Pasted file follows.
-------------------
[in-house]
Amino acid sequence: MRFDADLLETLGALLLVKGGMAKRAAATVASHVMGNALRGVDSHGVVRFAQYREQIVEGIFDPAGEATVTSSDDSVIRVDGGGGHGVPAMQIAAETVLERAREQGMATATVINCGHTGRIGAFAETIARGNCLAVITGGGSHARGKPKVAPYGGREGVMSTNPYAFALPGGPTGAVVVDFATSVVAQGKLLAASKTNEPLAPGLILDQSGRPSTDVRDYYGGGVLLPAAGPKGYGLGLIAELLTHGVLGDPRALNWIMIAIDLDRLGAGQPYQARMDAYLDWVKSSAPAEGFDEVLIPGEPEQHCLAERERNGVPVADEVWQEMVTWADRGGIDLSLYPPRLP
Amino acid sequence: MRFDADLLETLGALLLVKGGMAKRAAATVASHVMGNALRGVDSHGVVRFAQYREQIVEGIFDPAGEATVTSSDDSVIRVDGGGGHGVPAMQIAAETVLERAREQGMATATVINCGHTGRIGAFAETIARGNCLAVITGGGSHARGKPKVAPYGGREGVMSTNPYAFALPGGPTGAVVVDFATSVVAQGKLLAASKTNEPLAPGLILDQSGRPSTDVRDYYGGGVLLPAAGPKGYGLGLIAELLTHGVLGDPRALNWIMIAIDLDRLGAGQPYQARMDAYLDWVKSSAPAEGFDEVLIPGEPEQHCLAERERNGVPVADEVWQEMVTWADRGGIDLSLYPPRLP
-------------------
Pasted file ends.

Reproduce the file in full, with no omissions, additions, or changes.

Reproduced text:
[in-house]
Amino acid sequence: MRFDADLLETLGALLLVKGGMAKRAAATVASHVMGNALRGVDSHGVVRFAQYREQIVEGIFDPAGEATVTSSDDSVIRVDGGGGHGVPAMQIAAETVLERAREQGMATATVINCGHTGRIGAFAETIARGNCLAVITGGGSHARGKPKVAPYGGREGVMSTNPYAFALPGGPTGAVVVDFATSVVAQGKLLAASKTNEPLAPGLILDQSGRPSTDVRDYYGGGVLLPAAGPKGYGLGLIAELLTHGVLGDPRALNWIMIAIDLDRLGAGQPYQARMDAYLDWVKSSAPAEGFDEVLIPGEPEQHCLAERERNGVPVADEVWQEMVTWADRGGIDLSLYPPRLP
Amino acid sequence: MRFDADLLETLGALLLVKGGMAKRAAATVASHVMGNALRGVDSHGVVRFAQYREQIVEGIFDPAGEATVTSSDDSVIRVDGGGGHGVPAMQIAAETVLERAREQGMATATVINCGHTGRIGAFAETIARGNCLAVITGGGSHARGKPKVAPYGGREGVMSTNPYAFALPGGPTGAVVVDFATSVVAQGKLLAASKTNEPLAPGLILDQSGRPSTDVRDYYGGGVLLPAAGPKGYGLGLIAELLTHGVLGDPRALNWIMIAIDLDRLGAGQPYQARMDAYLDWVKSSAPAEGFDEVLIPGEPEQHCLAERERNGVPVADEVWQEMVTWADRGGIDLSLYPPRLP